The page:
Income inequality is the gap between the richest and the poorest. It can be defined as an extreme concentration of income/wealth in the hands of a small portion of the population.
In 2018, Oxfam India has reported that India is one among high inequality countries. It states that the inequality in India has been increasing, unlike other countries where it is stagnant or decreasing.
One of the major causes for this increase is said to be the policies skewed in favour of the privileged. India has 101 billionaires and is estimated to produce 70 new billionaires between 2018 and 2022.
These billionaires form 1% of the population, but holds 73% of the wealth. In contrast, 67 crore people comprising the poorest half could witness 1% rise in the wealth.
Progressive Taxation: A Solution to Income Disparity
Progressive taxation is considered as an effective way to fight this issue. The concept encourages imposing a lower tax rate on low-income earners as compared to those who earn a high income. As a part of the efforts to reduce this disparity, the Government of India has tried to adopt and implement this concept.
Effect of Taxation on FPIs
Finance Minister Nirmala Sitharaman has announced additional slabs of surcharge with respect to foreign portfolio investors (FPIs) in her maiden budget. This move has resulted in foreign investors backing off from investing in Indian companies.
Until 2018, India received over $430 billion investment and FPI grew steadily. In the past 18 months, FPIs were allowed to invest up to 25% in Category III alternative investment funds, infrastructure investment trusts, and real estate investment trusts.
Although taxes on long-term capital gains (LTCG) were exempted until 2018, the Budget imposed an LTCG tax of 14.25% along with a tax arbitrage of 5% on short-term capital gains effective from 1 April 2019. This has come out as a shock to foreign investors.
Corporate Companies’ Response
In the recent Budget, the government has made an attempt to extend the corporate tax rate of 25% to companies with annual sales of up to Rs.400 crore from that of Rs.250 crore. This move covers about 99.3% of the companies in India under the lower tax rate category.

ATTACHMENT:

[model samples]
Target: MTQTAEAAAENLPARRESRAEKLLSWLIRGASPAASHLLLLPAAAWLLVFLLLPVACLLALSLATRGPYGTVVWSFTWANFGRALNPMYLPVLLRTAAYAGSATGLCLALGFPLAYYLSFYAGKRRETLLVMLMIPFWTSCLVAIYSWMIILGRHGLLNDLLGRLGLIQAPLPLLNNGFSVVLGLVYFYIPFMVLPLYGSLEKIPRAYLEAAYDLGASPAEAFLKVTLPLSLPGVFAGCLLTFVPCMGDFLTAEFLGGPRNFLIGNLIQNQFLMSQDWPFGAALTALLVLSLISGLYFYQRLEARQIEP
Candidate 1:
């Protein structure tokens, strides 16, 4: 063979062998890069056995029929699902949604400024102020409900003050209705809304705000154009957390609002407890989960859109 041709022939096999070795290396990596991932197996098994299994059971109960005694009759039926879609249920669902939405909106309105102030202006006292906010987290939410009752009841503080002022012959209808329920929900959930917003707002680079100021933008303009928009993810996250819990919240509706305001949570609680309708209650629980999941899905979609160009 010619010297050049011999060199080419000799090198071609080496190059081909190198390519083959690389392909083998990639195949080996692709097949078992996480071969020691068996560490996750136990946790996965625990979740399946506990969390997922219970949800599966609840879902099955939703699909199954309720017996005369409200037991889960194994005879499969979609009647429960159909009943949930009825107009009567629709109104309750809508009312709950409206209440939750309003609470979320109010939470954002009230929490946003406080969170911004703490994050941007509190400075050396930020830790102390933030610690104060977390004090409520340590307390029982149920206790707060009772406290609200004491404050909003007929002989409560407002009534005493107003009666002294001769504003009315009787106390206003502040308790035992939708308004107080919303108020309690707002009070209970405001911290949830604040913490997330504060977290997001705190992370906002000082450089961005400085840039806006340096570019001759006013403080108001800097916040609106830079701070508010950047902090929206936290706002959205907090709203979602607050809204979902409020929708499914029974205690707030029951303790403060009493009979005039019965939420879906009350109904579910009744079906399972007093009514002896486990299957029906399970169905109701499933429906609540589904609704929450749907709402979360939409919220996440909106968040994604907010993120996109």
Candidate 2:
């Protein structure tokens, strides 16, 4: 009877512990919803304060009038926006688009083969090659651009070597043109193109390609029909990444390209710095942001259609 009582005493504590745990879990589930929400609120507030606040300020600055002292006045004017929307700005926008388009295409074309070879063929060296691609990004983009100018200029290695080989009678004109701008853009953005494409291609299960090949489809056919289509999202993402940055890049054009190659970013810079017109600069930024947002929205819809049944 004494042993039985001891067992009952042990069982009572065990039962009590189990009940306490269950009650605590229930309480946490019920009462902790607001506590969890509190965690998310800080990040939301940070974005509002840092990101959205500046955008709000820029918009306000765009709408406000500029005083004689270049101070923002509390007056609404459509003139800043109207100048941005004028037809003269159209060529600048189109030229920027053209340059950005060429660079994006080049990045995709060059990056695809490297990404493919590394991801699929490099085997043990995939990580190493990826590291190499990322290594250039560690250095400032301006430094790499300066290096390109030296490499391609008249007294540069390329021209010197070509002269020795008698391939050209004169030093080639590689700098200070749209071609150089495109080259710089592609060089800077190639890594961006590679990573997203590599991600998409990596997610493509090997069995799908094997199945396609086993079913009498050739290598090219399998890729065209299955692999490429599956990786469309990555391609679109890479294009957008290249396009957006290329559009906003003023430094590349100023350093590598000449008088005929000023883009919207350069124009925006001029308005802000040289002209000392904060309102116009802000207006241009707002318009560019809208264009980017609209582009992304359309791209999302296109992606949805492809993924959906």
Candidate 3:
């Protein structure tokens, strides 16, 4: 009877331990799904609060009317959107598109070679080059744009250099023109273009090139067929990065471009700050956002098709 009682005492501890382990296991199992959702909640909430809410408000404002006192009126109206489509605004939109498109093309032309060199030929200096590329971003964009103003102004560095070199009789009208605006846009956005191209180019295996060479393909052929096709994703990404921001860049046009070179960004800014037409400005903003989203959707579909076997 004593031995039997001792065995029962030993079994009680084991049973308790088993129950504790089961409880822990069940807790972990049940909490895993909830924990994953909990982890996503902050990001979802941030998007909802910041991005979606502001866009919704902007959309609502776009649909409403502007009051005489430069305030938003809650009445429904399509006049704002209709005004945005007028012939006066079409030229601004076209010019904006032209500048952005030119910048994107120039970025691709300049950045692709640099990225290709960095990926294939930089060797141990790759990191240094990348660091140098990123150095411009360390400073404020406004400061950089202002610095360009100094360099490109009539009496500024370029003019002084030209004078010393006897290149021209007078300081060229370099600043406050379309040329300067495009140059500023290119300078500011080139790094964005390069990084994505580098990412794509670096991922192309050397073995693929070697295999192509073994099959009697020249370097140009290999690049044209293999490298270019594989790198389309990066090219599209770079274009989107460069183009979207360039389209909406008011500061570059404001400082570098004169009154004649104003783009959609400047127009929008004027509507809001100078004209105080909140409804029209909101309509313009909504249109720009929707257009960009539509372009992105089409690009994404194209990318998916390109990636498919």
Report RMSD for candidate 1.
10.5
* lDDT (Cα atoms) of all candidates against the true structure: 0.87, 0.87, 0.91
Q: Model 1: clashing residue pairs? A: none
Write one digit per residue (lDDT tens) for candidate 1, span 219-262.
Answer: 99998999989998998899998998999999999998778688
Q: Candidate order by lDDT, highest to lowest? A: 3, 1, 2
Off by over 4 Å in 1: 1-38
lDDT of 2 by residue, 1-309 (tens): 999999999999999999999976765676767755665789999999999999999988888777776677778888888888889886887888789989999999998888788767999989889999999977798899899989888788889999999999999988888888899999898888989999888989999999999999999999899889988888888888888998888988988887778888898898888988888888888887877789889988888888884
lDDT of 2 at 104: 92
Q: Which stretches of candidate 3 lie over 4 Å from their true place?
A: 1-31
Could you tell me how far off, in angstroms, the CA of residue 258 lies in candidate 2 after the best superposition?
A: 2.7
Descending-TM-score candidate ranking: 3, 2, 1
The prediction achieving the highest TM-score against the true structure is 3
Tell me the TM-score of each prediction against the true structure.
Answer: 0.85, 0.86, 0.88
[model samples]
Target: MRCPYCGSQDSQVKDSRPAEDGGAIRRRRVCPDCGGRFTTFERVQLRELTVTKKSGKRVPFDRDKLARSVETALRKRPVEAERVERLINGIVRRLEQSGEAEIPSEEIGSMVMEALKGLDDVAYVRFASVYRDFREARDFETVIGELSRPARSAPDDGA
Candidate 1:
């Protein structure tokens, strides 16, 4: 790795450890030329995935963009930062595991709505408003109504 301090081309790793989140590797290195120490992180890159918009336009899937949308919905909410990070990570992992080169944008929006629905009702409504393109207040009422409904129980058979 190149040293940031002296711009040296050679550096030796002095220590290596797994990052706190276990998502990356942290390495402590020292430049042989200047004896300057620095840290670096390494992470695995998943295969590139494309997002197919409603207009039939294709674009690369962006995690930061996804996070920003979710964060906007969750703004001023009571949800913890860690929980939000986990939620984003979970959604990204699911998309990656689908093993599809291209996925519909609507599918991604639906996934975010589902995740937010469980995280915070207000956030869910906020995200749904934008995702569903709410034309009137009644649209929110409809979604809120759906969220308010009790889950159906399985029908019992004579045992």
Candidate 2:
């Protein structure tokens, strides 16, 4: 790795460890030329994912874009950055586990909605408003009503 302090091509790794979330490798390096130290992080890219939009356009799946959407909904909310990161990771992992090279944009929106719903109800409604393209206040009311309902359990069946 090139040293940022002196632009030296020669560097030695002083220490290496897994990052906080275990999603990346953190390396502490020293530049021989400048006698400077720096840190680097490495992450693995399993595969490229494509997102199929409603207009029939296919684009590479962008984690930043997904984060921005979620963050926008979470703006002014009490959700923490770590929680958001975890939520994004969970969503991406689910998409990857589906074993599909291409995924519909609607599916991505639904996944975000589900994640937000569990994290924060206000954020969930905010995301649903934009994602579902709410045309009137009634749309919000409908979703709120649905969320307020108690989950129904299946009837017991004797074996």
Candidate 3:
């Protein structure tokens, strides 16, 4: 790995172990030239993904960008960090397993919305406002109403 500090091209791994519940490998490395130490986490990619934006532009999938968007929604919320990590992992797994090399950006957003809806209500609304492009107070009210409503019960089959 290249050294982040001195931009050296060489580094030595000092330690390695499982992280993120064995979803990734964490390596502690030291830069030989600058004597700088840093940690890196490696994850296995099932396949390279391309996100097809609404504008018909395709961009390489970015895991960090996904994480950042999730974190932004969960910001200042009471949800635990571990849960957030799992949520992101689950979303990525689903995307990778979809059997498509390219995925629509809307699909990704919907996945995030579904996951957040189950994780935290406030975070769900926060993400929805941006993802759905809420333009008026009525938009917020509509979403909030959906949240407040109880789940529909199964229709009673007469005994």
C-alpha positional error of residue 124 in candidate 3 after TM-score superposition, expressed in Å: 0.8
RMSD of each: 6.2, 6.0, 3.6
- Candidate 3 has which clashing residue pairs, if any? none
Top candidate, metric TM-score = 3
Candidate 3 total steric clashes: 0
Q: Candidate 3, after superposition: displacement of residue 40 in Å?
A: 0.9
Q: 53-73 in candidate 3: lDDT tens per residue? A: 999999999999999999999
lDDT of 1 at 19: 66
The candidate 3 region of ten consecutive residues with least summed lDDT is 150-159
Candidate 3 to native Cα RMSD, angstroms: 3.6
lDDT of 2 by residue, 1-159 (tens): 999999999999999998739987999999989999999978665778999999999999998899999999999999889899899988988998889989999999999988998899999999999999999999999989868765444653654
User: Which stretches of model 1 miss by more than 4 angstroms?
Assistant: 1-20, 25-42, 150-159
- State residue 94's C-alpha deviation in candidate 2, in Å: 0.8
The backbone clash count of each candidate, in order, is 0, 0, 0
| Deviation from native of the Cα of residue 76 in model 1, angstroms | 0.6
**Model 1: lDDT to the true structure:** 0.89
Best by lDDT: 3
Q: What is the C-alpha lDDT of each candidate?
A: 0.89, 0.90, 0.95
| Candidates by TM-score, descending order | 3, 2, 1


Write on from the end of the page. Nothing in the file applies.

In February 2017, the then Finance Minister Arun Jaitley had stated that such a reduction can come after the spread of personal income tax is increased, i.e. more people pay taxes.
He had also announced that he would implement the reduction in corporate tax rates in a phased manner over a period of four years starting from 2015-16.
Though it was not implemented as stated in the previous years, the corporate companies expected it to be implemented during the Budget 2019. However, the companies were disappointed as the government failed to keep up the promise of reducing the corporate tax from 30% to 25%.
The significant reason for the government to ignore this demand is that a 1% reduction from the current 30% in corporate tax would cost a loss of about Rs.18,000-Rs.19,000 crore in tax revenues.
On the Personal Income Tax Front
Further, the government has also made provisions such that medium- and low-income earners need not pay taxes; it leaves more spending money in their hands. This can be seen as a move where individuals can save money wherein the income disparity can be reduced.
Also, the tax rate imposed on high-net-worth individuals has increased. It will make up for an increased tax collection from the Personal Income Tax (PIT) perspective.
Apart from these, there are many more ways to bridge the gap between low and high-income earners. Imposing varied tax rates is not the only measure that can help achieve the goal. Poverty is defined as an income within $1.90 per day.
People can be raised from below poverty level by better-delivering government schemes, subsidies, and developmental programmes to the public. Better access to health, sanitation, drinking water, housing, employment opportunities, and other amenities can take our country a long way in terms of income inequality.